Pemphigus is a general term for a group of rare autoimmune blistering skin disorders. Autoimmune disorders occur when the body’s own immune system mistakenly attacks healthy tissue. Two main types of pemphigus are pemphigus vulgaris and pemphigus foliaceus. Each type has subtypes. Additional disorders are sometimes classified as pemphigus including paraneoplastic pemphigus and pemphigus IgA. Some physicians consider these disorders similar, yet distinct, autoimmune blistering disorders with different clinical, immunological and microscopic tissue (histological) features. The symptoms and severity associated with the various forms of pemphigus vary. All forms of pemphigus are characterized by the development of blistering eruptions on the outer layer of the skin (epidermis). In pemphigus vulgaris, lesions also develop on the mucous membranes such as those lining the inside the mouth. Mucous membranes are the thin, moist coverings of many of the body’s internal surfaces. If left untreated, pemphigus can progress to cause life-threatening complications. The exact cause of pemphigus is unknown. (For more information on this disorder, choose "pemphigus" as your search term in the Rare Disease Database.)
A diagnosis of Hailey-Hailey disease is made based upon a thorough clinical evaluation, a detailed patient history, identification of characteristic findings and a variety of specialized tests including the surgical removal and microscopic examination (biopsy) of affected skin tissue. A biopsy may reveal abnormal formation of keratin tissue (keratinization) and failure of cell-to-cell adhesion (acantholysis). Blood tests in individuals with Hailey-Hailey disease will fail to detect antibodies, which rules out autoimmune disorders such as pemphigus.
The treatment of Hailey-Hailey disease is directed toward the specific symptoms that are apparent in each individual. Specific therapies depend upon several factors including the extent and severity of the disease and an individual’s age and general health.
Individuals with Hailey-Hailey disease are encouraged to avoid "triggers" such as sunburn, sweating and friction and to keep affected areas dry. For some individuals, sunscreen, loose clothing, moisturizing creams and avoiding excessive heat may help prevent outbreaks.
Cool compresses, dressings, mild corticosteroid creams and topical antibiotics may be effective in treating mild cases. More serious cases may require systemic antibiotics or stronger corticosteroid creams. Long-term corticosteroid therapy is not recommended because it can further weaken damaged skin over time.
Drugs that fight bacterial, fungal or viral infections are also commonly used to treat or prevent secondary infection sometimes associated with Hailey-Hailey disease.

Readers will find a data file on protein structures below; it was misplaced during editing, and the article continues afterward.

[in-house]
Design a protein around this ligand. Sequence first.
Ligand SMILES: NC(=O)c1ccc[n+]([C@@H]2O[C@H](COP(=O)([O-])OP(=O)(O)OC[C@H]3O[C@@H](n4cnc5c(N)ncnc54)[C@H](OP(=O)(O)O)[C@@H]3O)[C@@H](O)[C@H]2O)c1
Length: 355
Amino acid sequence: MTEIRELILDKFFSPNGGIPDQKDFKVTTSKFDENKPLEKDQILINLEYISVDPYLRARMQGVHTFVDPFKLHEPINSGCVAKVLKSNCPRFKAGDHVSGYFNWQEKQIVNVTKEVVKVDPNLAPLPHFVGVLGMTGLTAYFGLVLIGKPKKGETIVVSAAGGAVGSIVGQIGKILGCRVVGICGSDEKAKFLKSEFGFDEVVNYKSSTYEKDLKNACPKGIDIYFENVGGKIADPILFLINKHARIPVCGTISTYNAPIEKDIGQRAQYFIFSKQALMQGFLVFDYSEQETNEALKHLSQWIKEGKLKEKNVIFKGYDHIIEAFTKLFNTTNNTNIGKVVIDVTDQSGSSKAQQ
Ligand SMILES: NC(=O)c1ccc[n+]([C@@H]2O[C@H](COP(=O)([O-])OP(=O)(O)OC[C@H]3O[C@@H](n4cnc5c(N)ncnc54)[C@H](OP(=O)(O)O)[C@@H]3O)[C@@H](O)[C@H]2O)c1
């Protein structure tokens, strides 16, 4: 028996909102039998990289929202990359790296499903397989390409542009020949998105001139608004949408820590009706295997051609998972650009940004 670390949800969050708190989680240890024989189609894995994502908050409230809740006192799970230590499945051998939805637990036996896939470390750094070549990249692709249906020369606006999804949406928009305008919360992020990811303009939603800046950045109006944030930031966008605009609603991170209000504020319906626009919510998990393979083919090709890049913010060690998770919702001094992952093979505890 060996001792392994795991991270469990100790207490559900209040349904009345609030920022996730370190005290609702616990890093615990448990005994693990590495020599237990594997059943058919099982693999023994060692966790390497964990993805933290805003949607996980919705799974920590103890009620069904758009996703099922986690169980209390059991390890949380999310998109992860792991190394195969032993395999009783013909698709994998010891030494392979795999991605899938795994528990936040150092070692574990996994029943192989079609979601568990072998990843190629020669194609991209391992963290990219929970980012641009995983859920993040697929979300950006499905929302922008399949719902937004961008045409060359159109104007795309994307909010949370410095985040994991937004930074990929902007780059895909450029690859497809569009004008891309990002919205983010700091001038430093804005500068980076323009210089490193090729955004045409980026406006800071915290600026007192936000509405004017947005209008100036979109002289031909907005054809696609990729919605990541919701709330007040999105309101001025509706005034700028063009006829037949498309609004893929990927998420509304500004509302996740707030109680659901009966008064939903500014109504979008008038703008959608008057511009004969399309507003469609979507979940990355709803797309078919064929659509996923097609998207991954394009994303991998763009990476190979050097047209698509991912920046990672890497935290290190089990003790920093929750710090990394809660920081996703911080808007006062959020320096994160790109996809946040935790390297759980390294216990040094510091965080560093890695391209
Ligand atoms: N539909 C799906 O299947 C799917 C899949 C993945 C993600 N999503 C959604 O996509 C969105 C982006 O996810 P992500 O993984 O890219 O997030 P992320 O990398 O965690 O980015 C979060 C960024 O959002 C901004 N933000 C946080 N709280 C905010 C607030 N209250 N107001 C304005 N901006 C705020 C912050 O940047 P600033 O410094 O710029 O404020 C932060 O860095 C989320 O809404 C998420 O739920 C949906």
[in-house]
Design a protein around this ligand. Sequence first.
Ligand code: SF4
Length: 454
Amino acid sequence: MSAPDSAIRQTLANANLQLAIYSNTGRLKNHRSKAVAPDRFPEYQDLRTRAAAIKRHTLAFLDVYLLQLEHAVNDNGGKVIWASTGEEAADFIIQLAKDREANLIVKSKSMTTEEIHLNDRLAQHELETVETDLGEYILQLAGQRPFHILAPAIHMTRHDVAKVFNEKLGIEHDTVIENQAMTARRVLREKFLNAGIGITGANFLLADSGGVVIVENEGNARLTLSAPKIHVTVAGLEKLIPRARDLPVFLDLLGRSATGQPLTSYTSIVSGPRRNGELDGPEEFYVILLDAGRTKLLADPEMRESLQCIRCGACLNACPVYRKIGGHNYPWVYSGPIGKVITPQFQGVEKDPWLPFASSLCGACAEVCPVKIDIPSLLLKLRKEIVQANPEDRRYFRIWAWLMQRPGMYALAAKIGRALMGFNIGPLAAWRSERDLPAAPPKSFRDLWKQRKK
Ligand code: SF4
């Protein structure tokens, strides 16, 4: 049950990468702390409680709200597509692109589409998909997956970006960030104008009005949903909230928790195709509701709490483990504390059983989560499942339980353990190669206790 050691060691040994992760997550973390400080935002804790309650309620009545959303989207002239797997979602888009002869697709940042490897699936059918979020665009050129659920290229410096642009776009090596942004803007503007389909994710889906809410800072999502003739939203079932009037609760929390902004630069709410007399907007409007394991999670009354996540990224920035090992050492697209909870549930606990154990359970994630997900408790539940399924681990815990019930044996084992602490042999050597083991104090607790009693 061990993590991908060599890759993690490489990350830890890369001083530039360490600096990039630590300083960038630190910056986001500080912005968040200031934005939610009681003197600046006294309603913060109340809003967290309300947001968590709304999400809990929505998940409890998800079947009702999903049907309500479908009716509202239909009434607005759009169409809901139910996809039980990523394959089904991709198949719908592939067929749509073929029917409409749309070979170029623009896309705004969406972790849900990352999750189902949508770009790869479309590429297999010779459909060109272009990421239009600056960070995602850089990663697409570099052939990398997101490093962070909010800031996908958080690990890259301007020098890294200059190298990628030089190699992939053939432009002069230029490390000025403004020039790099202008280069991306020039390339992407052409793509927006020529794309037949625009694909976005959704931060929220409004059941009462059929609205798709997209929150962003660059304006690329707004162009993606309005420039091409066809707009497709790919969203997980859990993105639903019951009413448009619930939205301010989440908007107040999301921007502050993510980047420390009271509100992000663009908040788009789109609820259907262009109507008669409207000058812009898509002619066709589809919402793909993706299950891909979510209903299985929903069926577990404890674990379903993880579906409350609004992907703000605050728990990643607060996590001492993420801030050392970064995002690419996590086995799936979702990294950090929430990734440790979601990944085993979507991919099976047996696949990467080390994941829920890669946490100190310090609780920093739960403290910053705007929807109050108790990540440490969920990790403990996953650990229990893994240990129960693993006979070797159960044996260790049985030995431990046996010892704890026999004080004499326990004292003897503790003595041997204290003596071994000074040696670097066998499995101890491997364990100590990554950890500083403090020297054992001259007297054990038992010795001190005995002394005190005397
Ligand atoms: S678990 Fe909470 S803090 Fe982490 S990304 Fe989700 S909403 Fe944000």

Genetic counseling may be of benefit for affected individuals and their families. Other treatment is symptomatic and supportive.
In severe cases or cases that are resistant to traditional therapy (refractory Hailey-Hailey disease) additional medications have been tried including drugs that reduce sweating (astringents), vitamin A derivatives (retinoids) such as acitretin and etretinate, and drugs that suppress the immune system such as alefacept or tacrolimus. Botulinum toxin (commonly used to reduce wrinkles) also is used as a therapy for individuals with Hailey-Hailey disease. Specifically, botulinum toxin therapy reduces sweating, which can trigger or worsen an outbreak. More research is necessary to determine the long-term safety and effectiveness of such drugs for the treatment of individuals with Hailey-Hailey disease.
Controlled surgical sanding (dermabrasion) and surgical excision of affected skin have also been used to treat some affected individuals. The use of lasers to disintegrate affected skin has been tried for some individuals with Hailey-Hailey disease. More research is necessary to determine the long-term safety and effectiveness of such procedures for the treatment of Hailey-Hailey disease.
Information on current clinical trials is posted on the Internet at www.clinicaltrials.gov. All studies receiving U.S. government funding, and some supported by private industry, are posted on this government web site.
For information about clinical trials being conducted at the NIH Clinical Center in Bethesda, MD, contact the NIH Patient Recruitment Office:
Toll-free: (800) 411-1222
TTY: (866) 411-1010
For information about clinical trials sponsored by private sources, in the main, contact:
Contact for additional information about Hailey-Hailey disease:
Theodora Mauro, MD
Professor in Residence and Vice-Chairman, UCSF Department of Dermatology
Service Chief, SFVAMC Department of Dermatology
Koeyers WJ, Van Der Geer S, Krekels G. Botulinum toxin type A as an adjuvant treatment modality for extensive Hailey-Hailey disease. J Dermatolog Treat. 2008;19:251-254.
Hurd DS, Johnston C, Bevins A. A case report of Hailey-Hailey disease treated with alefacept (Amevive). Br J Dermatol. 2008;158:399-401.
Szigeti R, Kellermayer R. Autosomal dominant calcium ATPase disorders. J Invest Dermatol. 2006;126:2370-2376.
Majore S, Biolcati G, Barboni L, et al. ATP2C1 gene mutation analysis in Italian patients with Hailey-Hailey disease. J Invest Dermatol. 2005;125:933-935.
Helm TN, Lee TC. Familial Benign Pemphigus (Hailey-Hailey Disease). Emedicine. http://emedicine.medscape.com/article/1063224-overview. Updated March 26, 2012. Accessed July 30, 2012.
Lamb S. Hailey-Hailey disease. DermNet NZ. http://www.dermnetnz.org/systemic/familial-pemphigus.html. Last Updated November 15, 2011. Accessed July 30, 2012.
Online Mendelian Inheritance in Man (OMIM). The Johns Hopkins University. Benign Chronic Pemphigus; BCPM. Entry No: 169600. Last Edited April 1, 2005. Available at: http://www.ncbi.nlm.nih.gov/omim/. Accessed July 30, 2012.
Report last updated: 2012/08/02 00:00:00 GMT+0